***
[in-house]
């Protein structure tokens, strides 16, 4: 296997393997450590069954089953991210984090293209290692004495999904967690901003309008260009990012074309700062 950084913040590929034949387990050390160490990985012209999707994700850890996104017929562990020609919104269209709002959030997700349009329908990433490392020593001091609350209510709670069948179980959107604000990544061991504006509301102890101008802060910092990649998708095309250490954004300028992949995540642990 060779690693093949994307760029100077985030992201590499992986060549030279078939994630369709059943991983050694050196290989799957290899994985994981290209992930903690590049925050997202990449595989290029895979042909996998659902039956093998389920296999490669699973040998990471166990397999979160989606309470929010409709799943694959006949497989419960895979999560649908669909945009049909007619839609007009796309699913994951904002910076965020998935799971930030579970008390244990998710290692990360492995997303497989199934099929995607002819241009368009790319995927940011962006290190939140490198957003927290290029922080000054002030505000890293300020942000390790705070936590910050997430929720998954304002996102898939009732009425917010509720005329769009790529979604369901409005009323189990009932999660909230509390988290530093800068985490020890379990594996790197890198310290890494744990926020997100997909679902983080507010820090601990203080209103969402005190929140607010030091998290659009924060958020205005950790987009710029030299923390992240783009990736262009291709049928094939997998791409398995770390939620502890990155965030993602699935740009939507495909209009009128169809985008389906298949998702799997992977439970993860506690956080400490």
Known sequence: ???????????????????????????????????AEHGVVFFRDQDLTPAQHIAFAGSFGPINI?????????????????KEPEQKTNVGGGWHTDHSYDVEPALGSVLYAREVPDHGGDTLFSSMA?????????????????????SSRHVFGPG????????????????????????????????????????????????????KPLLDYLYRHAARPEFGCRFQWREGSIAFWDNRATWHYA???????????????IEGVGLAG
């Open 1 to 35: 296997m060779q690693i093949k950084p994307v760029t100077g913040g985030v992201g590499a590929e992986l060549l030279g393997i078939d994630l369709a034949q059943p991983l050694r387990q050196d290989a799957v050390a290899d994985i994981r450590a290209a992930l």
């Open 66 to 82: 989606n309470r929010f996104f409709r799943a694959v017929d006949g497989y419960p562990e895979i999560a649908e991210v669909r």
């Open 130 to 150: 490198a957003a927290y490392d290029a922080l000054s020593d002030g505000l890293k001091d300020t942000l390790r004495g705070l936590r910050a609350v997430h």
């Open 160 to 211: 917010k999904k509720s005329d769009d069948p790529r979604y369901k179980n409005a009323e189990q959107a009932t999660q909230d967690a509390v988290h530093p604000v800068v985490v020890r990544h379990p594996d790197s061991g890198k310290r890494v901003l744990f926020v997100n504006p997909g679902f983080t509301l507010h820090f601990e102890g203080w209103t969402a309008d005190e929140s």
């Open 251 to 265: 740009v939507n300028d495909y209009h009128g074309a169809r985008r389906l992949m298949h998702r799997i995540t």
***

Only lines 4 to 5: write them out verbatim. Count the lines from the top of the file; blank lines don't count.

């Open 1 to 35: 296997m060779q690693i093949k950084p994307v760029t100077g913040g985030v992201g590499a590929e992986l060549l030279g393997i078939d994630l369709a034949q059943p991983l050694r387990q050196d290989a799957v050390a290899d994985i994981r450590a290209a992930l």
């Open 66 to 82: 989606n309470r929010f996104f409709r799943a694959v017929d006949g497989y419960p562990e895979i999560a649908e991210v669909r």